1 – Ukraine. An Unnecessary War
To a large degree, the tragic events that unfolded in Ukraine in 2013-14 were driven by developments beyond Ukraine’s borders. Of course, domestic factors also played a crucial role, and Ukrainian political actors at all points across the political spectrum must share in the blame for what transpired. But it was Ukraine’s ambiguous geopolitical position, and the clumsy interventions of competing outside powers pursuing their own self-centred agendas, that pushed Ukraine’s log-jammed domestic politics over the brink into violent civil war.
The three main protagonists were Russia, the European Union, and the United States, in roughly descending order of importance.
The Evolution of Russia’s Relations with Ukraine since 1991
Moscow has had difficult, testy relations with Ukraine ever since the two countries split off from the Soviet Union in 1991. The relationship with Kiev is a sub-set of Russia’s problematic relationship with the outside world at large following the Soviet collapse. In 2014, Ukraine became the touchstone of two decades of Russian frustration and insecurity, with tragic consequences.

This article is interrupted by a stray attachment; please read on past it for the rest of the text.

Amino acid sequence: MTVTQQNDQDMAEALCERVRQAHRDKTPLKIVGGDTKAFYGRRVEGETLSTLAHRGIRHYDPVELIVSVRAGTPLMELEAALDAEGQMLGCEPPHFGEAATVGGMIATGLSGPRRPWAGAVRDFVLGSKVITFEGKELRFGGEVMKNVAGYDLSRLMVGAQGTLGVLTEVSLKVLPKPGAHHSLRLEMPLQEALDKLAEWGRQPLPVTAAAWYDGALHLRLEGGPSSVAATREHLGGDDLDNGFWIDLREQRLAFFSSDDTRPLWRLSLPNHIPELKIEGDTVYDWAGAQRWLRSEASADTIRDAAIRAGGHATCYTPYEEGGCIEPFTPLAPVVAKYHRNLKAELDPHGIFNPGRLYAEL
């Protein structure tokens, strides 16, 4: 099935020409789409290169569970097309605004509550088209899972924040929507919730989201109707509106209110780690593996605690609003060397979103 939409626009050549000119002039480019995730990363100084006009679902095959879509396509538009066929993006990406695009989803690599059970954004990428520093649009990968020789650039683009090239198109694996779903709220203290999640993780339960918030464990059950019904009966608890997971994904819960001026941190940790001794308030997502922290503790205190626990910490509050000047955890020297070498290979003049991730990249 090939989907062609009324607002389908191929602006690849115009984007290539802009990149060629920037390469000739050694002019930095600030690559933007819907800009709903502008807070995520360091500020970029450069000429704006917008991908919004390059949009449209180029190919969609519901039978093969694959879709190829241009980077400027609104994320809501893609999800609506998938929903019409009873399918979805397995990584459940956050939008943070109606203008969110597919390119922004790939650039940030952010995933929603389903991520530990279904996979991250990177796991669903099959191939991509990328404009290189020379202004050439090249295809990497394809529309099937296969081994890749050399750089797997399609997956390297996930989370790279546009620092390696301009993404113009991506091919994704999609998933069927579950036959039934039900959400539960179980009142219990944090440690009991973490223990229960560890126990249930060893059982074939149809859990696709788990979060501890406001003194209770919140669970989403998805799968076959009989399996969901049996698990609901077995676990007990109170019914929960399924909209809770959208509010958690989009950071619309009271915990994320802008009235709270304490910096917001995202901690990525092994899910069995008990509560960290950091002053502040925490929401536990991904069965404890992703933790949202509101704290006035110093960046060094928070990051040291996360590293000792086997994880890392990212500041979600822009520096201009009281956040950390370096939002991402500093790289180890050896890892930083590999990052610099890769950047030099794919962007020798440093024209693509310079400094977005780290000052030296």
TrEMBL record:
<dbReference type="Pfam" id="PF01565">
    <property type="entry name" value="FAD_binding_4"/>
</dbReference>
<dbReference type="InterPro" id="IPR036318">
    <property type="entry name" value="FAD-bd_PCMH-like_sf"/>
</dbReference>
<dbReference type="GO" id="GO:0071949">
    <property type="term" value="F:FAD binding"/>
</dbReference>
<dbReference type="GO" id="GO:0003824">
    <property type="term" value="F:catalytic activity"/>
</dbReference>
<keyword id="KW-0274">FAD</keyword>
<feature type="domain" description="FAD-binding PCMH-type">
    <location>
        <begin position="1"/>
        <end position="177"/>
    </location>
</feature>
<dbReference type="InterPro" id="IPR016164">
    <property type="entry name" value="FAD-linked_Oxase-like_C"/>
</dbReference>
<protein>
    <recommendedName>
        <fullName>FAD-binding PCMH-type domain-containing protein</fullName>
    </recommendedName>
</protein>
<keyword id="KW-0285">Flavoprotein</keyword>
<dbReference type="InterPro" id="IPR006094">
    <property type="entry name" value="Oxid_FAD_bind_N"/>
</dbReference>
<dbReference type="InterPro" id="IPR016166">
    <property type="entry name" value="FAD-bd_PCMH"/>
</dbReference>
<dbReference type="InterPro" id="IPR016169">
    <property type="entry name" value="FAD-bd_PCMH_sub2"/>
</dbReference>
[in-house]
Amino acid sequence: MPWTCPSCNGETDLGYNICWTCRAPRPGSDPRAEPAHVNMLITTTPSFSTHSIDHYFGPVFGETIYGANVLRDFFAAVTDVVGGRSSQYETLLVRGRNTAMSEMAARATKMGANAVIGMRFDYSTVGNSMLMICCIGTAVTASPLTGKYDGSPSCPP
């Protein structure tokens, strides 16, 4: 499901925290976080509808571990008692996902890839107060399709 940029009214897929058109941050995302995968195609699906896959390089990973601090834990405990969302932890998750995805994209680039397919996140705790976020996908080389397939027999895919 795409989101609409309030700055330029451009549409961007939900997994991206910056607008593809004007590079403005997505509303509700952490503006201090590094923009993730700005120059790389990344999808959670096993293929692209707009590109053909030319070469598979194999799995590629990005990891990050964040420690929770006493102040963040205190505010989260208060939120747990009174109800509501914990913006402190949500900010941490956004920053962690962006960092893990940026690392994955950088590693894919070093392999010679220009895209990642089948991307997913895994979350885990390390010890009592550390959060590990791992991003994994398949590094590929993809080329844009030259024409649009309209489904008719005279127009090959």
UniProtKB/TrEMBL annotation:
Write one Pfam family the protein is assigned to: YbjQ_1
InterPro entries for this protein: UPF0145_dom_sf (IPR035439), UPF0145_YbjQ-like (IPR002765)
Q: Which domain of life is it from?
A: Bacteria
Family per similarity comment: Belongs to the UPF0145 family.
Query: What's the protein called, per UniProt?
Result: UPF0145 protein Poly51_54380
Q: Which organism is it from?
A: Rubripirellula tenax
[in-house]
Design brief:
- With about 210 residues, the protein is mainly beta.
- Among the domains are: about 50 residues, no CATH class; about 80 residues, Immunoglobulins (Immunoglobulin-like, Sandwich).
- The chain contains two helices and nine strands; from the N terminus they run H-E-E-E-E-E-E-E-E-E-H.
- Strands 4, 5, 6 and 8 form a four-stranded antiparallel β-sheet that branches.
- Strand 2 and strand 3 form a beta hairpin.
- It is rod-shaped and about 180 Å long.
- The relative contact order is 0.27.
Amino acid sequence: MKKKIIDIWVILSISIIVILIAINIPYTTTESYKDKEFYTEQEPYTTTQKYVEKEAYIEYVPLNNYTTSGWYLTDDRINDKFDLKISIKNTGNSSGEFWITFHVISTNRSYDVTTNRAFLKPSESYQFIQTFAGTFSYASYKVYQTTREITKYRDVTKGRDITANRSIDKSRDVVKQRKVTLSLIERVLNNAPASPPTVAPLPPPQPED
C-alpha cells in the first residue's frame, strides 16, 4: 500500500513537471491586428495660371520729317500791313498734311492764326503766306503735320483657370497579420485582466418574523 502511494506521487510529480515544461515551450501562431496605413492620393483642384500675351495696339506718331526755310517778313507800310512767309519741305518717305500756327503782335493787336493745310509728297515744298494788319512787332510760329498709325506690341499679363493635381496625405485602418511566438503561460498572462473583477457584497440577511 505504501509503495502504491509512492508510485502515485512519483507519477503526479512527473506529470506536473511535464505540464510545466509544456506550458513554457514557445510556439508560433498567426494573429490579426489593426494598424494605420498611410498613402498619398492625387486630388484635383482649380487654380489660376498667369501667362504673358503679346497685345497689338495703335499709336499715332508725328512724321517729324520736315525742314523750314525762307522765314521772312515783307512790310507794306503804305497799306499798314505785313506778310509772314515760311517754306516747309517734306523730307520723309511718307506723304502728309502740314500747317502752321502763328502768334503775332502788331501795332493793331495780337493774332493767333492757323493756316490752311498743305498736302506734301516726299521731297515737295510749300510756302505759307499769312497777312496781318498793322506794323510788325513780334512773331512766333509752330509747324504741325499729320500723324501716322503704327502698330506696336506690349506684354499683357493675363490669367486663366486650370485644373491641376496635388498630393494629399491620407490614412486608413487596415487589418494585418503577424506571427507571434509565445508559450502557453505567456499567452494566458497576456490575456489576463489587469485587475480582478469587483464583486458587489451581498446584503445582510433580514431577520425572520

First Mikhail Gorbachev, and then Boris Yeltsin, wanted to be treated as an equal partner by the United States. However, the Soviet collapse meant that Russia was stripped of half its population, a third of its territory, and all its bloc of ideological allies and client states. In the 1990s, the loss of superpower status combined with economic collapse and an ideological vacuum created a profound identity crisis in Russia. Yeltsin was humiliated by his dependence on loans from the West, and by NATO’s decision to expand the alliance to include former Warsaw Pact countries.
The bombing of Yugoslavia by NATO forces in 1999, in a bid to stop human rights violations in Kosovo, was a turning point. It underlined the geopolitical marginalisation of Russia, unable to protect Serbia – its traditional ally. In the 2000s, on the foundation of a growing economy (thanks to rising world oil prices) Vladimir Putin forged a new Russian identity – that of a great power, able to stand up to the depredations of the US, the world’s ‘sole superpower.’ The idea of Russia as a great power was something which resonated strongly with the Russian public, and which of course had deep roots in Soviet and Russian history (Mankoff , 2011; Trenin, 2014).